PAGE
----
Despite the fact that vps23 and vps25 mutants are characterized by strong apoptosis, vps25 mosaics are actually resistant to apoptotic stimuli in a non-autonomous manner . Tissue adjacent to vps25 mutant clones displays enhanced resistance to apoptotic stimuli. Thus, although vps25 mutant clones themselves die, they increase the apoptotic resistance of neighbouring cells . Such an altruistic behaviour has not been described before. We showed that non-autonomous resistance against apoptosis is caused by non-autonomous increase of Diap1, the Drosophila inhibitor of apoptosis 1 . Similarly to non-autonomous proliferation, it is clear that such a phenotype must be caused by secretion of a signal from vps25 mutant cells that increases the apoptotic resistance of neighbouring cells. However, this signal is not Unpaired which accounts for non-autonomous proliferation. Overexpression of Unpaired does not or only weakly increase the apoptotic resistance of cells . Thus the hunt is on to identify the factor which controls survival in neighbouring cells.
Autonomous neoplastic overgrowth
So far, we have described phenotypes which are caused by vps23 and vps25 mutant clones in genetic mosaics. In these cases, only a small fraction of the tissue is homozygous mutant. The majority of the tissue is wild-type. Under these conditions, non-autonomous hyperplastic overgrowth and apoptotic resistance was observed (see above). However, when the entire tissue (such as the entire eye or wing in Drosophila) is mutant for a vps gene, the phenotype is different. Under these conditions, severe neoplastic overgrowth is observed. When tissue transforms to adopt neoplastic character, it loses apical–basal polarity, loses its monolayer epithelial character, fails to stop proliferating, never differentiates and becomes invasive, i.e. metastatic. Importantly also, this phenotype is autonomous, i.e. it affects the mutant vps cells. When the tissue is entirely mutant for vps23 and vps25, it displays strong neoplastic overgrowth [5,27–29,38], thus vps23 and vps25 qualify as neoplastic tumour suppressors. Neoplastic overgrowth is associated with increased Notch activity, but it is uncertain whether Notch signalling causes this phenotype, because other endocytic mutants, such as scribble, avalanche and rab5, which act upstream of the ESCRTs do not accumulate Notch activity, but yet cause strong neoplastic overgrowth .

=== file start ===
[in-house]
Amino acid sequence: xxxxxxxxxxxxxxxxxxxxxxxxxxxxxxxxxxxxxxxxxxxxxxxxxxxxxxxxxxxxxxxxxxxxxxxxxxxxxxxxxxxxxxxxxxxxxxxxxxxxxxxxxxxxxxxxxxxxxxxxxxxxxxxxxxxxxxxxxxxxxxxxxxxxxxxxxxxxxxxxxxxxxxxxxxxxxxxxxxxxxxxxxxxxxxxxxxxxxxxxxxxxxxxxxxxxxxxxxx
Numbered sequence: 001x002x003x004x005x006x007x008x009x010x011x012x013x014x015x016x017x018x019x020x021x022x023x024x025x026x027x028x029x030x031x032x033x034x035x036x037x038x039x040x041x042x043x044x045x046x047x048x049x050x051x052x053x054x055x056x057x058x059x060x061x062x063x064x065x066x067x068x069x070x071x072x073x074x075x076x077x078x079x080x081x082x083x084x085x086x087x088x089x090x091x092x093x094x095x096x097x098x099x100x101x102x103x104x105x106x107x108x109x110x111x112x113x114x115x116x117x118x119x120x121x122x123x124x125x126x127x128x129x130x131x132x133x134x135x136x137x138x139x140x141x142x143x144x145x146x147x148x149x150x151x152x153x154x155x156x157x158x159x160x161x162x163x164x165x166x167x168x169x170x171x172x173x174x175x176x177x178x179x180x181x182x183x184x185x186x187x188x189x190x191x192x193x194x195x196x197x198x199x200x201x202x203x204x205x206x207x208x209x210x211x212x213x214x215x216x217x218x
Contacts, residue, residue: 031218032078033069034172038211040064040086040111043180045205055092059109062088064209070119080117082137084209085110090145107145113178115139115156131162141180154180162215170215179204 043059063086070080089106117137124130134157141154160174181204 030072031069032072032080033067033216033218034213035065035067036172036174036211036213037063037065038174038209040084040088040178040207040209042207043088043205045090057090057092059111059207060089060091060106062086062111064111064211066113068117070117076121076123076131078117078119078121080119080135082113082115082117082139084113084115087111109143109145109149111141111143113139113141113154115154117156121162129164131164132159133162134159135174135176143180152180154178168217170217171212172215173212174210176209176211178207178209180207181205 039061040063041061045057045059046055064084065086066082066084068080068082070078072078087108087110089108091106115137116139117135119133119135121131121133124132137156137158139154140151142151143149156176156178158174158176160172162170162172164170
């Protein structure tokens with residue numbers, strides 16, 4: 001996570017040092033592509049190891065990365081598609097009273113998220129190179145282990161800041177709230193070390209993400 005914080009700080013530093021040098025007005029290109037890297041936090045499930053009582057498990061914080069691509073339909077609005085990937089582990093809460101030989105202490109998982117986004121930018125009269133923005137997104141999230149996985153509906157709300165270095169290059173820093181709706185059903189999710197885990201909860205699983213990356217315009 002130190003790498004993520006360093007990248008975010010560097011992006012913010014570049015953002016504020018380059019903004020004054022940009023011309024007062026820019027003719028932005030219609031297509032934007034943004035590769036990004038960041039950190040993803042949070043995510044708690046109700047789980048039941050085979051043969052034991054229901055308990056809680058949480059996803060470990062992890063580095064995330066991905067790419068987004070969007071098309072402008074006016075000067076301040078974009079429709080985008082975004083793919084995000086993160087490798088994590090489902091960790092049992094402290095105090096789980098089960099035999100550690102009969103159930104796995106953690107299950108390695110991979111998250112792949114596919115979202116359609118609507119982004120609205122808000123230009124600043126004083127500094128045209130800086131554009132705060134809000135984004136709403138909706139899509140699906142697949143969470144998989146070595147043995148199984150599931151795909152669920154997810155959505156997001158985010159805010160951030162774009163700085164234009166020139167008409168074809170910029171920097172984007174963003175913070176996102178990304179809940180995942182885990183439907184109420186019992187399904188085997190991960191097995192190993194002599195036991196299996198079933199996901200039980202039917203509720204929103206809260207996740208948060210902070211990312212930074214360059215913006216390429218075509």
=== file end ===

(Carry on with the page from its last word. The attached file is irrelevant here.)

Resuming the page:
Although we have discussed above that vps25 mutant clones in a mosaic animal induce non-autonomous hyperplastic growth, it is possible to induce neoplastic growth in mutant clones in a genetic mosaic. The reason they do not induce neoplastic growth in mutant clones is that they die by apoptosis (see above). However, if cell death is blocked by overexpression of the caspase inhibitors p35 or Diap1, or the JNK inhibitor Puckered , vps25 mutant clones survive and massively overgrow. Apoptosis-inhibited vps25 mutant cells are extremely aggressive. Upon transplantation into a wild-type fruitfly, they are invasive and display metastatic behaviour, i.e. they are neoplastic .